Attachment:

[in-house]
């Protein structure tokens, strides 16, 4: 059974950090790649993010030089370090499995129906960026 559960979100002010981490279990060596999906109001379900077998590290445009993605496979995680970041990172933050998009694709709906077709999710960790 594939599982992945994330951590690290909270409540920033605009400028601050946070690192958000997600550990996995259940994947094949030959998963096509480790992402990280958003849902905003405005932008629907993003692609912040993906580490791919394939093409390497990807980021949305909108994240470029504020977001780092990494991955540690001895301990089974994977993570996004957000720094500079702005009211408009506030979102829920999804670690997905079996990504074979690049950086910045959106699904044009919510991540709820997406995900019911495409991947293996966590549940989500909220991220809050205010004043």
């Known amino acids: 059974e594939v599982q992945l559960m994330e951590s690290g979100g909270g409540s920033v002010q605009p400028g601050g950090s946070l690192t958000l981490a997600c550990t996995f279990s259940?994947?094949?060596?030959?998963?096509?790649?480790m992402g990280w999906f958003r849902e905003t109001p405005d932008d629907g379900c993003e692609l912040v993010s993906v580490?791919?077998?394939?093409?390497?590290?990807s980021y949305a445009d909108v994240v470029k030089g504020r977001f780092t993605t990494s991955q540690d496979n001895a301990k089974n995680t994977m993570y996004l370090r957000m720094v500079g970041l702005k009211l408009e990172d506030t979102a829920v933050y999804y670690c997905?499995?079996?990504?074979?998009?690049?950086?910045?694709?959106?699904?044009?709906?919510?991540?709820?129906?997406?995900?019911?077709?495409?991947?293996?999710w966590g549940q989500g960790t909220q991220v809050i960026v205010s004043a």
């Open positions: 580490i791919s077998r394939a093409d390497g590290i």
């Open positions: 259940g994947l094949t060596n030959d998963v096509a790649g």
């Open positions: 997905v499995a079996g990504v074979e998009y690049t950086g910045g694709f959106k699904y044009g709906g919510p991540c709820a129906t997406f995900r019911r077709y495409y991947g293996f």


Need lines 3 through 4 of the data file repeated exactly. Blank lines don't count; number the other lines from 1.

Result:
């Known amino acids: 059974e594939v599982q992945l559960m994330e951590s690290g979100g909270g409540s920033v002010q605009p400028g601050g950090s946070l690192t958000l981490a997600c550990t996995f279990s259940?994947?094949?060596?030959?998963?096509?790649?480790m992402g990280w999906f958003r849902e905003t109001p405005d932008d629907g379900c993003e692609l912040v993010s993906v580490?791919?077998?394939?093409?390497?590290?990807s980021y949305a445009d909108v994240v470029k030089g504020r977001f780092t993605t990494s991955q540690d496979n001895a301990k089974n995680t994977m993570y996004l370090r957000m720094v500079g970041l702005k009211l408009e990172d506030t979102a829920v933050y999804y670690c997905?499995?079996?990504?074979?998009?690049?950086?910045?694709?959106?699904?044009?709906?919510?991540?709820?129906?997406?995900?019911?077709?495409?991947?293996?999710w966590g549940q989500g960790t909220q991220v809050i960026v205010s004043a």
């Open positions: 580490i791919s077998r394939a093409d390497g590290i």